S.C. GOP Presidential Debate Notes
The FoxNews/Wall Street Journal S.C. GOP Presidential debate last night contained a slight twist: The addition of twitter social media interaction. While it was hailed as giving voters a more direct way to ask questions and get involved with the debate, it really isn’t as much of a “thinking outside the box” addition as some claim it to be. Tea Party groups and numerous conservative websites have been doing this since the start of the GOP Presidential debate season. CDN has been live-streaming many debates and allowing voters to interact during the GOP debates. Readers may also vote for who won last night’s debate by clinking that CDN debate link.
Debate notes: Token Fox News Liberal Juan Williams stooped to new lows with a semi-hidden racism claim posed as a question aimed at Newt Gingrich about his remarks about having school kids work as janitors and other positions at their schools as a way to promote work ethics and self-pride, while also teaching them the value of money. Newt was strong throughout the debate, which has been the case in all of the previous debates. He offers well-defined, concrete solutions for America. Williams was embarrassed as he should be, especially when he attempted to circle back and hit Newt with underlying, perception-nudging charges of racism a second, and even a third time. Typical Liberal class warfare tactics there Mr. Williams. Shame on you.
Fox News put a twitter report on TV this morning with data compiled from twitter activity last night. To show how determined Ron Paul’s supporters are today, they overwhelmed the twitter debate data in pushing Ron Paul to a supposed win by stating that Paul answered the questions the best. None of that kind of thinking was to be found anywhere in my debate notes. Paul stated that he would lower tax rates to zero last night. He fumbled the question about whether America has the right to kill her enemies, such as happened with Bin Laden. The Iowa Republican had an excellent summary that begs to ask the question, “Just what makes anyone actually believe that Ron Paul won this debate?”
Ron Paul: The Texas congressman told a flat out lie when he was asked about comments he made last year WHO Radio about giving the order to kill Bin Laden. Paul said on Simon Conway’s show, three times, that he would not have given that order. He said during the debate that he never said that. Unfortunately for Ron Paul, there is videotape evidence.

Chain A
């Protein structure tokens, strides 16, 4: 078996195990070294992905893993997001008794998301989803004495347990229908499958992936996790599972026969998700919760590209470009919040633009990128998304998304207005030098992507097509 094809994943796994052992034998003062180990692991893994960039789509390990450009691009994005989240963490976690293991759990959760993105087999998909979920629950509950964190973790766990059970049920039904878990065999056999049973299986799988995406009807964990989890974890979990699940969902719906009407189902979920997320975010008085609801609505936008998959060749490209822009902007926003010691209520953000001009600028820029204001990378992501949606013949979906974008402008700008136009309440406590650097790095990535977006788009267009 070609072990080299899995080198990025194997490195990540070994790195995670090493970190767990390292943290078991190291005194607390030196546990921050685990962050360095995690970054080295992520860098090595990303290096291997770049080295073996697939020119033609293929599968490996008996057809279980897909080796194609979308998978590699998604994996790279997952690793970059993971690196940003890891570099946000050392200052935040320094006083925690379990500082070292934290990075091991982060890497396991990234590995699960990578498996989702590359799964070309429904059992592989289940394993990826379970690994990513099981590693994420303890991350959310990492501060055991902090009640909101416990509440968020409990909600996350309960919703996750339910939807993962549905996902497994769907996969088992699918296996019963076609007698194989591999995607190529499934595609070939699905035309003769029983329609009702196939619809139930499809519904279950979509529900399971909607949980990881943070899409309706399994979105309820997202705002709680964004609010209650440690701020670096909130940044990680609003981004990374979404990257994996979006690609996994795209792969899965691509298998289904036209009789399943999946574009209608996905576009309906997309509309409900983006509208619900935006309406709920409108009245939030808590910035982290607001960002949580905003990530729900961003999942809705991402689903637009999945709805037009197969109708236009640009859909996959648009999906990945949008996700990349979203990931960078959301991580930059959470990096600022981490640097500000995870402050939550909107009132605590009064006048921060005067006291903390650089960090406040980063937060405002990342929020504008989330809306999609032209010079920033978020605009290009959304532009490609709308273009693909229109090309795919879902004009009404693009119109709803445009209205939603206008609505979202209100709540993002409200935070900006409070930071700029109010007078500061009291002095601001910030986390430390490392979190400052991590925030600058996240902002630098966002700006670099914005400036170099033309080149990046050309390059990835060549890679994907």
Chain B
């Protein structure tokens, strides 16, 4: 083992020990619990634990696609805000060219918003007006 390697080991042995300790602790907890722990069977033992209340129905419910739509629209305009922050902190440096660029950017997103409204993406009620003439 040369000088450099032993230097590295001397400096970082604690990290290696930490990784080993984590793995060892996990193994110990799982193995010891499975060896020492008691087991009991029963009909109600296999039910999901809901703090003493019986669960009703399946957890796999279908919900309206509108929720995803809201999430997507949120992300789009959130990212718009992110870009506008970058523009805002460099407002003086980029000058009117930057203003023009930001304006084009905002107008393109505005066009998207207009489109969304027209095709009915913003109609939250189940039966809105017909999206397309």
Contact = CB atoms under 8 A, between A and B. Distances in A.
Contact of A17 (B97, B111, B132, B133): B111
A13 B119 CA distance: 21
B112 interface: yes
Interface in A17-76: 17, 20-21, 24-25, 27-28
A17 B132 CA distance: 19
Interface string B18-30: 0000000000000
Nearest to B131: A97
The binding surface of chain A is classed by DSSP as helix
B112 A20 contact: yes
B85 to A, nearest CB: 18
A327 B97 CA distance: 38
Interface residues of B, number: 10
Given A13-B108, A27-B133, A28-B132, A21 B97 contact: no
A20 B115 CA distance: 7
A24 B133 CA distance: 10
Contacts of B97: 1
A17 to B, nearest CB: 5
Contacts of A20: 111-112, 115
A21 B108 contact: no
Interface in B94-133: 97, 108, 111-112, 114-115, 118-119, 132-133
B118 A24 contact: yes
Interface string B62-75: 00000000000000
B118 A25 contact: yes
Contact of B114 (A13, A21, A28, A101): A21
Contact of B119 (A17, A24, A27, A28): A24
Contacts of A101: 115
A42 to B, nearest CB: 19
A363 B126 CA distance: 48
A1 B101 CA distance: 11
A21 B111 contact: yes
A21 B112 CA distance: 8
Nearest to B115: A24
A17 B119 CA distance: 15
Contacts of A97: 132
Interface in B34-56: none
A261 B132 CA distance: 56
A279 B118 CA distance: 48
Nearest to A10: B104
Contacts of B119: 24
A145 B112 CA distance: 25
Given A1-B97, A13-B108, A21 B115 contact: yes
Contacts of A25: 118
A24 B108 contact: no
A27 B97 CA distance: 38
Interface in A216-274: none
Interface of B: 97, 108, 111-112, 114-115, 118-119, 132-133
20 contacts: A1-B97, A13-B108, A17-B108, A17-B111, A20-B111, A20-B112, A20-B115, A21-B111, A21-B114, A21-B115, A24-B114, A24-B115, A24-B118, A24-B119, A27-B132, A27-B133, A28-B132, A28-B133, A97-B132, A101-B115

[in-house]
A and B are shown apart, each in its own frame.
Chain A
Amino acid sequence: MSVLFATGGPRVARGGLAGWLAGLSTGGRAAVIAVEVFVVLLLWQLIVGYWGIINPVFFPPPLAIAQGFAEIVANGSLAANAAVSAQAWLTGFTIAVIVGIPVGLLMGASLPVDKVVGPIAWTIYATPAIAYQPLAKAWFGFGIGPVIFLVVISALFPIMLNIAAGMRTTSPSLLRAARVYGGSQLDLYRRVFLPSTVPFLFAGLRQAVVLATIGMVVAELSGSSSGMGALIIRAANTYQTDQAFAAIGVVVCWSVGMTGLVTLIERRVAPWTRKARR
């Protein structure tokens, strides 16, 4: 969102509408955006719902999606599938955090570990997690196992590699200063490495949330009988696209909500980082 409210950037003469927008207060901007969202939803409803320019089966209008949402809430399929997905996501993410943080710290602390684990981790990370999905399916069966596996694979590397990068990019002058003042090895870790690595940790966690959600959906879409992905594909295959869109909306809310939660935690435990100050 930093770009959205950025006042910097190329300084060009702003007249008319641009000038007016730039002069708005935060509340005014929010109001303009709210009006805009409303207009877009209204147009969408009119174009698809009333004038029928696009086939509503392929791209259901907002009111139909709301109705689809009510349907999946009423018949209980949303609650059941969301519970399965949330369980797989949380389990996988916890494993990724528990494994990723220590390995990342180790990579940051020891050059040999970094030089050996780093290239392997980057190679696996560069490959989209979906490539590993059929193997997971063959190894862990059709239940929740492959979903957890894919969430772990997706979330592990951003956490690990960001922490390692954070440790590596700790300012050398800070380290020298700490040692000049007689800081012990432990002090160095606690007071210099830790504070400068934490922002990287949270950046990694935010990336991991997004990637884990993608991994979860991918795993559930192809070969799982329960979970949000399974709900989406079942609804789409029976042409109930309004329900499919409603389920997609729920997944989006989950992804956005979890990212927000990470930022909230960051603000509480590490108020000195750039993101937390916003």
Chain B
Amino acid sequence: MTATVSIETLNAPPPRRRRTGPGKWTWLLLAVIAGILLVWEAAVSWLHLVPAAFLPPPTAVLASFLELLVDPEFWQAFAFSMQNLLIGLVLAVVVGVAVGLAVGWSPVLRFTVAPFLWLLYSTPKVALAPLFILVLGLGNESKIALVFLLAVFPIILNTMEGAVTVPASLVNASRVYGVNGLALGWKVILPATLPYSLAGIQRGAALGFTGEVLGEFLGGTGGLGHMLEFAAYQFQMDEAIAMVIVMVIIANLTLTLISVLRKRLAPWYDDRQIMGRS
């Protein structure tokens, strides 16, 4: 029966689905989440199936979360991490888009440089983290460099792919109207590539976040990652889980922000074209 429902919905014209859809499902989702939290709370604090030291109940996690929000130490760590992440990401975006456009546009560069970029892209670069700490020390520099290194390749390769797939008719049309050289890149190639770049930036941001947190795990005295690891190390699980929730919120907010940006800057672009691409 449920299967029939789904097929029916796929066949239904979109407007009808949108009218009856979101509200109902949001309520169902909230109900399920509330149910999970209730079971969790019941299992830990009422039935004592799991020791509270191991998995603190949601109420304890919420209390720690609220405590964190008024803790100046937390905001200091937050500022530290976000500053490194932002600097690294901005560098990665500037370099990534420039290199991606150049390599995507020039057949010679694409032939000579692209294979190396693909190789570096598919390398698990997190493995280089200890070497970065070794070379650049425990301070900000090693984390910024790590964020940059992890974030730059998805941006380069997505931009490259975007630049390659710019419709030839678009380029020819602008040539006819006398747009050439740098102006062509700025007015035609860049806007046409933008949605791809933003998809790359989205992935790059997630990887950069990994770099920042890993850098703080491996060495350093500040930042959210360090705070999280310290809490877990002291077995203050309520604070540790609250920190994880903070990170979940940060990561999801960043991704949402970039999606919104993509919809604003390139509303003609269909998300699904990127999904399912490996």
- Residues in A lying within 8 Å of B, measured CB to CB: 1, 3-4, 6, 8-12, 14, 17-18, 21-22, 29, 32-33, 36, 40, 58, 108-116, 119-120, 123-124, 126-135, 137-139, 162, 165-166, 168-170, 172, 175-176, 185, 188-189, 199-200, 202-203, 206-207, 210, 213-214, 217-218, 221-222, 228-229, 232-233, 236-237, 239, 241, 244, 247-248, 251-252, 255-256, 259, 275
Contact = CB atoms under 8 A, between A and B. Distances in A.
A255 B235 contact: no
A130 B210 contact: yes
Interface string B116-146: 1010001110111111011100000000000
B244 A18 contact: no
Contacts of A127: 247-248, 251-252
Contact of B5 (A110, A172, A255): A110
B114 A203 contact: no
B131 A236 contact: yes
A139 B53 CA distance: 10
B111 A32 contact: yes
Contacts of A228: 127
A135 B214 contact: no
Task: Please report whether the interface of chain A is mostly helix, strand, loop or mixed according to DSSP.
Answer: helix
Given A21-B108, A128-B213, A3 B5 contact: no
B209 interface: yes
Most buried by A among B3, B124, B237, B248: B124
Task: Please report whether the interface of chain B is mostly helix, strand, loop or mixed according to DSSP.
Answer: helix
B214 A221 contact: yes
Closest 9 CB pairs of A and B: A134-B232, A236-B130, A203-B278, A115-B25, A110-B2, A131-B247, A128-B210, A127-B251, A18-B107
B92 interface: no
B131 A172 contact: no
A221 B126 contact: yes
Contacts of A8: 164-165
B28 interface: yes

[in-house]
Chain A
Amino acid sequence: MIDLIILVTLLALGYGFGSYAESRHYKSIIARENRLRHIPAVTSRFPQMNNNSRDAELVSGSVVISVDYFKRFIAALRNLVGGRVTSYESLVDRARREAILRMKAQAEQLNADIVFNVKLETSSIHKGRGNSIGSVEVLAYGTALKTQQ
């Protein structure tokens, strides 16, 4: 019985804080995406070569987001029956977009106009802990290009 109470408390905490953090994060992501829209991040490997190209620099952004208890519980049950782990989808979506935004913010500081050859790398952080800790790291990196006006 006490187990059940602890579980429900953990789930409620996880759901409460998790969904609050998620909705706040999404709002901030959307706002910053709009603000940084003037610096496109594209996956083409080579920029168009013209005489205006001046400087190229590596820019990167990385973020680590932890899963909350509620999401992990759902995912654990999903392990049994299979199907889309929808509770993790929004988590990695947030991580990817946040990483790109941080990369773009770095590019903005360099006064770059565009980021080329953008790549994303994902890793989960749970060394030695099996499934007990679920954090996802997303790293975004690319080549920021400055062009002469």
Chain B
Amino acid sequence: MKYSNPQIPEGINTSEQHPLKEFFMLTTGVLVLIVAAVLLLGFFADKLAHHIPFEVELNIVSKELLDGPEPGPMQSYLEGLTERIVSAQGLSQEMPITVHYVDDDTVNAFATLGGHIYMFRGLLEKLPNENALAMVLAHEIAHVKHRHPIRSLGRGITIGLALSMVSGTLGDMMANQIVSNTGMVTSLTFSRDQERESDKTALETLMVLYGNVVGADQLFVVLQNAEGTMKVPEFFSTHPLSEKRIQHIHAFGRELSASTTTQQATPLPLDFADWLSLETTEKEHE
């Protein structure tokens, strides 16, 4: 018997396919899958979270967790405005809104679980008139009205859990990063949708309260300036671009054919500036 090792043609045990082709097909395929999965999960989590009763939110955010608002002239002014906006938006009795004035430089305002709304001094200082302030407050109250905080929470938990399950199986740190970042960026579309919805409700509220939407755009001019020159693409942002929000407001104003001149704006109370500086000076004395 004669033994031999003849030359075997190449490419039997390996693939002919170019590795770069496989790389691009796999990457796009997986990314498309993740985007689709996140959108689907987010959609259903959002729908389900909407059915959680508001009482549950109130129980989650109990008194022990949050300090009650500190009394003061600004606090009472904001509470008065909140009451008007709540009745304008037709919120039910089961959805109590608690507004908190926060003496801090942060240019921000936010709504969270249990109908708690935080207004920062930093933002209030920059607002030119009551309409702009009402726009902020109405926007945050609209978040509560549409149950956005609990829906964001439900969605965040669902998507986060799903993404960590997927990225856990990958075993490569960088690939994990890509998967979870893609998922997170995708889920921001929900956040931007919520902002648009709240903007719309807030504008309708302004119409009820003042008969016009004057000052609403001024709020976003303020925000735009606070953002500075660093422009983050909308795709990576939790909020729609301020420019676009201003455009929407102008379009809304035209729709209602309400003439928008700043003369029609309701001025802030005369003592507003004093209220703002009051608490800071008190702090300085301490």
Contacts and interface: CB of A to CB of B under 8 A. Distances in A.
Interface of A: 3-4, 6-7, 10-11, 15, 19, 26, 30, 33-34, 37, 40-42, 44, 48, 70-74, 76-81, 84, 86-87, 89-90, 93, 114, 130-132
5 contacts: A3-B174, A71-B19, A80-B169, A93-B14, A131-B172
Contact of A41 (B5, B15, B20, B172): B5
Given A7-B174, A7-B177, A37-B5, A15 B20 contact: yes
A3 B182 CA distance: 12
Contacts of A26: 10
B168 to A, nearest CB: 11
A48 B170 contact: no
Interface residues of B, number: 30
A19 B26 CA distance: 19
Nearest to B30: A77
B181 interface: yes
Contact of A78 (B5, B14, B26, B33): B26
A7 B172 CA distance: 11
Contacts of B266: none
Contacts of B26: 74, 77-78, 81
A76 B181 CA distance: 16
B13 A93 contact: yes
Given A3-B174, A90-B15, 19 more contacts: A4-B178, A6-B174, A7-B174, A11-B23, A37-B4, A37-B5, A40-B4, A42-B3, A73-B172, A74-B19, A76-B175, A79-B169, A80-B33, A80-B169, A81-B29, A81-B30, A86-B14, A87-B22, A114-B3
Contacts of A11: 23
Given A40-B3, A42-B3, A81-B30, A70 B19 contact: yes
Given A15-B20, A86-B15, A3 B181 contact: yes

Paul then made it worse by saying we should have worked with Pakistan to get Bin Laden. Newt Gingrich took Paul apart for those comments, saying the Pakistanis were compliant in hiding Bin Laden. It was an awful moment for Paul and anyone except his diehard fans can see that. There were other problems, including an exchange with Santorum on gun rights that Paul lost. Overall, it was a terrible night for the libertarian icon.
Rick Santorum scored big points for hitting Romney on his nasty attack ads, and Ron Paul on gun rights issues. Santorum still appears to be fighting to be heard in these debates, which could be viewed as unfair in numerous ways. The only questions he seems to get are on religion, abortions, and assorted social issues which he tried to answer by pointing out his fiscal conservative credentials as a U.S. Senator. Without a fair shake, Santorum could very well be the next candidate to join Jon Huntsman in dropping out, possibly after the Florida primary.
Mitt Romney showed exactly who he is last night, in a heated debate about his non-committal statement as to if he would release his tax returns for all to see. Gov. Rick Perry refused to let Romney off the hook, and a moderator pointedly asked Romney if he would release his tax returns, to which he basically replied, “maybe.” It was a simple yes or no question. Mitt Romney stood tall with pat answers for most of the night, yet did little to install a much-needed conservative confidence with voters with many of his answers. Governor Perry reemphasized the need to get government out of people’s lives and return the numerous stolen powers of the federal government back to the states. Had Governor Perry made the commitment to run for the 2012 GOP nomination for President much earlier than he did, he would surely be polling much higher than he is currently. It’s still a long ways to go until Nov. 6, 2012, yet it is certainly looking very much like a race between Newt Gingrich and Mitt Romney.
The Wall Street Journal representatives added a level of credibility to this debate, for which they are to be highly commended for.
As the above picture shows us, the 2012 Presidential elections are a critical turning point in American history. We must limit the U.S. Government to spending less than what is taken in if we are ever to avoid a Greek-style collapse. Federal revenues must be increased through free-market expansion, and debt spending must be eliminated, while keeping our nation secure under the umbrella of a strong military. Take another look at the debt chart above. That is what the 2012 elections are all about.